Please note: this article, more than most
of mine, refers particularly to SCA name submissions. However,
I believe non-SCA re-creators can benefit from it,
particularly the examples and the conclusion.
Consider the (invented) name Maryam bint Aḥmad al-Baghdādī.
There are some in the SCA's College of Arms who say it should
be al-Baghdādiyya, because this is a woman's name.
Others say it's fine as is, because it is Maryam's father,
Aḥmad, who is described as "al-Baghdādī". I have wondered
which is right. That is, can a woman's name end with a
masculine form of a byname (like al-Baghdādī) in right of her
father, or must any byname (or bynames) at the end of an
Arabic name point back to the ism, to the person her/himself?
It was once held in the SCA, by a rigid interpretation of the
rules and out-of-date research, that a byname using two
elements of a progenitor's name was impossible, because none
such had been documented, and that "Maryam bint Aḥmad
al-Baghdādī" and the like were not registerable. Lately,
there's been a shift to a more reasonable attitude that
there's no documentation such never occurred, and therefore
the benefit of the doubt could be given. However, I'm not sure
that a name using more than one element of a progenitor's name
not at the end of a name would be accepted; that is, I
have doubts a name like the invented Aḥmad ibn Yūnus al-Wāsiṭī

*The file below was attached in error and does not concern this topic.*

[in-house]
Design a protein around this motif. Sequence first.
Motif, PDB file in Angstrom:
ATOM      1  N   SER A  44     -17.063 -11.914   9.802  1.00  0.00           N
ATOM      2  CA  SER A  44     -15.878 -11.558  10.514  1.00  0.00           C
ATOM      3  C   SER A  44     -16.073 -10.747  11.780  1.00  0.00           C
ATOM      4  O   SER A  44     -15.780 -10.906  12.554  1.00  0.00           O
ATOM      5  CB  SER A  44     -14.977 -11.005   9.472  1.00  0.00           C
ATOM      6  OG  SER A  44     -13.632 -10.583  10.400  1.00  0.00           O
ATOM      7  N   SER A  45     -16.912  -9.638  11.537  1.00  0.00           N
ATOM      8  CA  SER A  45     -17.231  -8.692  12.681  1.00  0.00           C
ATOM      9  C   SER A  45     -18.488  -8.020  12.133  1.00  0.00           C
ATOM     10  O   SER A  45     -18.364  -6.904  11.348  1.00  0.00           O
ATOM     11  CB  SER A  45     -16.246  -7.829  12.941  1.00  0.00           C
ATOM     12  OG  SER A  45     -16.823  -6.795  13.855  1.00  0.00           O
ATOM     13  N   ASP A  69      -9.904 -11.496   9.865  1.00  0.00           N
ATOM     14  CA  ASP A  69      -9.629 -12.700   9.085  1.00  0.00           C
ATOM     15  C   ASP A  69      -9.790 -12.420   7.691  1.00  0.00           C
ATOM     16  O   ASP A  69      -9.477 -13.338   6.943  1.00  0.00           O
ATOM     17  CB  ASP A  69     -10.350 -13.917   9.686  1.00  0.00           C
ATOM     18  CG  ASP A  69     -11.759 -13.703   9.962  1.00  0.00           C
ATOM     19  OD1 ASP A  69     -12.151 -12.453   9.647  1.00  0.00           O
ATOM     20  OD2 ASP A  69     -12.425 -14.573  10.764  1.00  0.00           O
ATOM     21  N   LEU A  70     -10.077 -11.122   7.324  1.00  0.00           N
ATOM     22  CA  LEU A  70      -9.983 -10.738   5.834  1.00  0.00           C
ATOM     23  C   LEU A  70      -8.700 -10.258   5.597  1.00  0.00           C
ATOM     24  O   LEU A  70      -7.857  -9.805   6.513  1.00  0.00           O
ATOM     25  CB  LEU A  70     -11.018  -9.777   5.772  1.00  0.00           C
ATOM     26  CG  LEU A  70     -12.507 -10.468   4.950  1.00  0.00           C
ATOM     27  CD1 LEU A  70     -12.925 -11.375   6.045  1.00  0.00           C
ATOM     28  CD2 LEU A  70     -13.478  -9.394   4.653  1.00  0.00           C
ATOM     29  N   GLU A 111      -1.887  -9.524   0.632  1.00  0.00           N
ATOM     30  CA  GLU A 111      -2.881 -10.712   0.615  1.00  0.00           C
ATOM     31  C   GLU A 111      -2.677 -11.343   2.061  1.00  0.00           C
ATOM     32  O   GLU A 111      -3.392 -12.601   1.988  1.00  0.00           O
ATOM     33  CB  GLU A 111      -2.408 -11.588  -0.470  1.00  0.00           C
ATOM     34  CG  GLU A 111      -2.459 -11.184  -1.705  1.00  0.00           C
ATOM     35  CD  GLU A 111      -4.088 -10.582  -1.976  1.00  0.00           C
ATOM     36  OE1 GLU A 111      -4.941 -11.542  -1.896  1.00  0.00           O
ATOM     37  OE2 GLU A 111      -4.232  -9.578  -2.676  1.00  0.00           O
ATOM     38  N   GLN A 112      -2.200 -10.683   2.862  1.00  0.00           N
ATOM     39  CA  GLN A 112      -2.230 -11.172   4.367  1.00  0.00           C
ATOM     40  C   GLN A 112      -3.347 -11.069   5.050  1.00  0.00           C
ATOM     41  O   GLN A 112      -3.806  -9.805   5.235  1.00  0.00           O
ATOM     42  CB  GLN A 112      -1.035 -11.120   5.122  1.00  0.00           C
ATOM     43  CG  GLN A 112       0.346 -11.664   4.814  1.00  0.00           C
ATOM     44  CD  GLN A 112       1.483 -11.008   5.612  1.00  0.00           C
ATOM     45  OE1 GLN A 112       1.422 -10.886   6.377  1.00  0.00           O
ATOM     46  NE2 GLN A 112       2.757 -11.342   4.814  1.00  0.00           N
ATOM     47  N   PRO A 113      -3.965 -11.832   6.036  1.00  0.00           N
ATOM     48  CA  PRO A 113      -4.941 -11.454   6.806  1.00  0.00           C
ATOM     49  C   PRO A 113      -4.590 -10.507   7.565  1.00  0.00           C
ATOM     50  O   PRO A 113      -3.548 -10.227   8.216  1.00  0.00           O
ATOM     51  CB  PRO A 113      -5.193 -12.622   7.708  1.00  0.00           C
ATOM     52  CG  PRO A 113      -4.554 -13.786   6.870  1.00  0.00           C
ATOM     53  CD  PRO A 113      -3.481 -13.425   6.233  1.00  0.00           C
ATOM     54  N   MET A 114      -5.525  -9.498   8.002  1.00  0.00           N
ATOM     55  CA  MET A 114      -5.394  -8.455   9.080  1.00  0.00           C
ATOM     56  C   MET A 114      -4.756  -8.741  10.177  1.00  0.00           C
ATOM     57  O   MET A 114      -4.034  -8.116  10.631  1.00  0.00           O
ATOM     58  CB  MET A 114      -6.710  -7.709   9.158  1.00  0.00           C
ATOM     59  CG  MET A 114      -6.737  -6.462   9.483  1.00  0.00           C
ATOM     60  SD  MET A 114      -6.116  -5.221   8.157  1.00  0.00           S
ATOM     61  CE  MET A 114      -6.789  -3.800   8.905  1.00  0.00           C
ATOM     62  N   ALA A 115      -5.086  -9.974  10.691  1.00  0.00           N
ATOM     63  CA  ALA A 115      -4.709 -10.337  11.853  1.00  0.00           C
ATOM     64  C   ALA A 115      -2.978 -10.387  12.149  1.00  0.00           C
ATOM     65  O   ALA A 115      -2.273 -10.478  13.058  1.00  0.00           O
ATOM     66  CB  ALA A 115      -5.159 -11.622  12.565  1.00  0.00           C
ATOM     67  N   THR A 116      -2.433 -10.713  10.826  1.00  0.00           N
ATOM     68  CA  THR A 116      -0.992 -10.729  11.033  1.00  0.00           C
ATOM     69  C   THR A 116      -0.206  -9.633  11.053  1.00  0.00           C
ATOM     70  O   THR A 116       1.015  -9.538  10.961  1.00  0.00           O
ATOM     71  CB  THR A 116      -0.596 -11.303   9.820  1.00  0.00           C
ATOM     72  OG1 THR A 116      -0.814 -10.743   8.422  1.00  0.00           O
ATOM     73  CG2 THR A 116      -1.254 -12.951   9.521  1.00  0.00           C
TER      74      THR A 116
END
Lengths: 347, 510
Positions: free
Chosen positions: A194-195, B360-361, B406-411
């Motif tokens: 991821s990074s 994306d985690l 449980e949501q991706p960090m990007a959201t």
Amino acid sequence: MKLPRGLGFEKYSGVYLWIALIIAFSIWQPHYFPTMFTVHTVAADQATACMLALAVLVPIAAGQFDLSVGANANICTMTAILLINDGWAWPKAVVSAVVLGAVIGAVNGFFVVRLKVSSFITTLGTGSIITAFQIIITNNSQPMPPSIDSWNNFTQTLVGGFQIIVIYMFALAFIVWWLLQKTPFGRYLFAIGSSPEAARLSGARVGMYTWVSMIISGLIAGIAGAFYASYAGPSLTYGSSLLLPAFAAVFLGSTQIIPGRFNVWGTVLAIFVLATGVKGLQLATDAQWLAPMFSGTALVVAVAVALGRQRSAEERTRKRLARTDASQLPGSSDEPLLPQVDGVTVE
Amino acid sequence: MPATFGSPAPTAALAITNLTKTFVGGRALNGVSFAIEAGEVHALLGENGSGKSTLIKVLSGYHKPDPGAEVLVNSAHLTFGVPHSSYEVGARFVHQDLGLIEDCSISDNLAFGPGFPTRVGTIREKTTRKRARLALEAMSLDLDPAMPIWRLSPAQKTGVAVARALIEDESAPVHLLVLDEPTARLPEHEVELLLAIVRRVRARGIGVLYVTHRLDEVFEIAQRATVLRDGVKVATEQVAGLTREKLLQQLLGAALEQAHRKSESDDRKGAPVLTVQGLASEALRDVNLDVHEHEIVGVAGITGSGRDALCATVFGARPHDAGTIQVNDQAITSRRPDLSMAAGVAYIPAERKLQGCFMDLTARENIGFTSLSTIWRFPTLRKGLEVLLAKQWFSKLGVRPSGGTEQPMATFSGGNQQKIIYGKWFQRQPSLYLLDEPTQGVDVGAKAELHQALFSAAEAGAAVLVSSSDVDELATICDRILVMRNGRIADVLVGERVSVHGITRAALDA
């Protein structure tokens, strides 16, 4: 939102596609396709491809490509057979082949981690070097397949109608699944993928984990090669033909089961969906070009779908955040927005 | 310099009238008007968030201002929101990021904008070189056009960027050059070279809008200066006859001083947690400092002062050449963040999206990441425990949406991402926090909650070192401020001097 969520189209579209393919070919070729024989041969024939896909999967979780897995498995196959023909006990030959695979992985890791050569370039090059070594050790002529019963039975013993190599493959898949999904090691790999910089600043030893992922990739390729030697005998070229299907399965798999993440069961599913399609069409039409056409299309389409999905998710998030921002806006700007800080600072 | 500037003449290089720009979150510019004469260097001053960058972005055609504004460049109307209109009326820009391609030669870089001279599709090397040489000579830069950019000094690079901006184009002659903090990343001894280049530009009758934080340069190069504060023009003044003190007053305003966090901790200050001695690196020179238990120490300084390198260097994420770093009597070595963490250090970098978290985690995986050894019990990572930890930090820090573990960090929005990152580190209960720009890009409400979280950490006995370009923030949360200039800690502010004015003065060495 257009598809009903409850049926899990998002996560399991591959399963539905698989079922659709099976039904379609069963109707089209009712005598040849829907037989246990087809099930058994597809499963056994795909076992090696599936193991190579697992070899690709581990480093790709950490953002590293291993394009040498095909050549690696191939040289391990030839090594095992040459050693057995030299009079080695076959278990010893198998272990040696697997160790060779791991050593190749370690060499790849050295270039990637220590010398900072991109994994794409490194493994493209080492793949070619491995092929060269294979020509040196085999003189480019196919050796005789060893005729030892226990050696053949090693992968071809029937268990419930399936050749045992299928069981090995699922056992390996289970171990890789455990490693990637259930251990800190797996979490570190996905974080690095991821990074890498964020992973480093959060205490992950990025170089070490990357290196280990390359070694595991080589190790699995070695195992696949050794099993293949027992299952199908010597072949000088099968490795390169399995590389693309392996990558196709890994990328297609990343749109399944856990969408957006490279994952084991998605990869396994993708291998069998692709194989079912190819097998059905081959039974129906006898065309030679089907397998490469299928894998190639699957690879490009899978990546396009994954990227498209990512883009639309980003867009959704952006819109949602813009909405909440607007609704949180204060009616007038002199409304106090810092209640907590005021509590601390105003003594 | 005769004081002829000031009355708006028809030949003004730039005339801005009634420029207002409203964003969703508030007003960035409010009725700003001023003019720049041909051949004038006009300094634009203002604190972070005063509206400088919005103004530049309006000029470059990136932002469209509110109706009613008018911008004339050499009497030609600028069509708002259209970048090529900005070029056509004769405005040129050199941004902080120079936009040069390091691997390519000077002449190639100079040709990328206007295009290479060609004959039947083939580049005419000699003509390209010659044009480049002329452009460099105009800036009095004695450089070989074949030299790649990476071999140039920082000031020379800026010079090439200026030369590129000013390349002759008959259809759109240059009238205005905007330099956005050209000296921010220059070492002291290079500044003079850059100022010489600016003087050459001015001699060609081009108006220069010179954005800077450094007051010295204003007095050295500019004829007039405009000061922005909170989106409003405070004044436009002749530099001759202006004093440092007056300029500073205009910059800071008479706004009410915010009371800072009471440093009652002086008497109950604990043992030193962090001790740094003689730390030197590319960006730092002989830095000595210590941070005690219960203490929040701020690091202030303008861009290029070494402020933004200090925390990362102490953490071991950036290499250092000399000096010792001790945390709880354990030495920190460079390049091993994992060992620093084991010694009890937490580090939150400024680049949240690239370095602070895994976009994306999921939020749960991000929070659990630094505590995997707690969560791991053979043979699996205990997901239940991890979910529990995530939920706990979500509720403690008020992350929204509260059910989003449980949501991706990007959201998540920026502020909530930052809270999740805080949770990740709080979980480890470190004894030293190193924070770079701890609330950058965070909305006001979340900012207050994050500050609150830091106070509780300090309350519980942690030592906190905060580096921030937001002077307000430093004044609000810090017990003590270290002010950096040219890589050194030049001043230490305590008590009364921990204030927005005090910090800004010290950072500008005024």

ibn Muḥammad would be accepted.
I have long hoped to produce documentation for names of the
first type. This is, I've looked for documented historical
women's names with a "masculine" byname at the end. There
aren't many women's names in period works, and few works in
English translation, so it's no suprise I've found nothing (so
far!). However, it occurred to me that if there are examples
of multiple name phrases in one generation of a string of
nasabs, then that would support the idea that Maryam
(in my example above) might have a nasab using her father's
ism and his byname. That is, something in historical works
like the invented name Muḥammad ibn ʻAlī al-Qurtubī
ibn Aḥmad al-Ḥarīrī would give support to the invented Maryam
bint Aḥmad al-Baghdādī (and, of course, directly support the
invented Aḥmad ibn Yūnus al-Wāsiṭī ibn Muḥammad ). I believe I
have found enough examples of multiple name phrases in a
single generation of a nasab-string to support my contention.
Notice, I'm not referring to the fairly common use of ibn
Abī___, (by itself) where someone in a nasab-string is
called "the son of the father of____". No, what I'm looking
for is a use of two distinct and separate name phrases to
designate a single person in a list of predecessors (though
that might include an "ibn Abī____" as well as an ism or
a byname, etc.).
Let me give you an example of what I mean: Ibn Baṭṭūṭa, volume
1, p154 has Shihāb al-Dīn Aḥmad b. Abū Ṭālib b. Abu’l-Nu‘m b.
Ḥasan b. ‘Alī b. Bayan al-Dīn Muqri’ al-Ṣāliḥī. This
has a "titular name" (Bayan al-Dīn) and an ism (Muqriʼ)
in the same generation. The "al-Ṣāliḥī" may refer to Aḥmad,
which still leaves both Bayan al-Dīn and Muqriʼ
referring to the same person, which helps support my
contention. On the other hand, if "al-Ṣāliḥī" refers to
Muqrīʼ, that's three name phrases for the same person in a
nasab-string. But then, that's what I'm trying to prove, isn't
The Encyclopaedia of Islam Second Edition (hereafter EI2),
volume 1, sn Abū Firās al-Ḥamdānī, has the name al-Ḥarith
b. Abī al-ʻAlāʼ Saʻid b. Ḥamdān al-Taghlibī.
Later, his father is referred to as Saʻid. Clearly,
then, the part b. Abī al-ʻAlāʼ Saʻid, must refer to a
single individual (Abū al-ʻAlāʼ Saʻid). Here we have a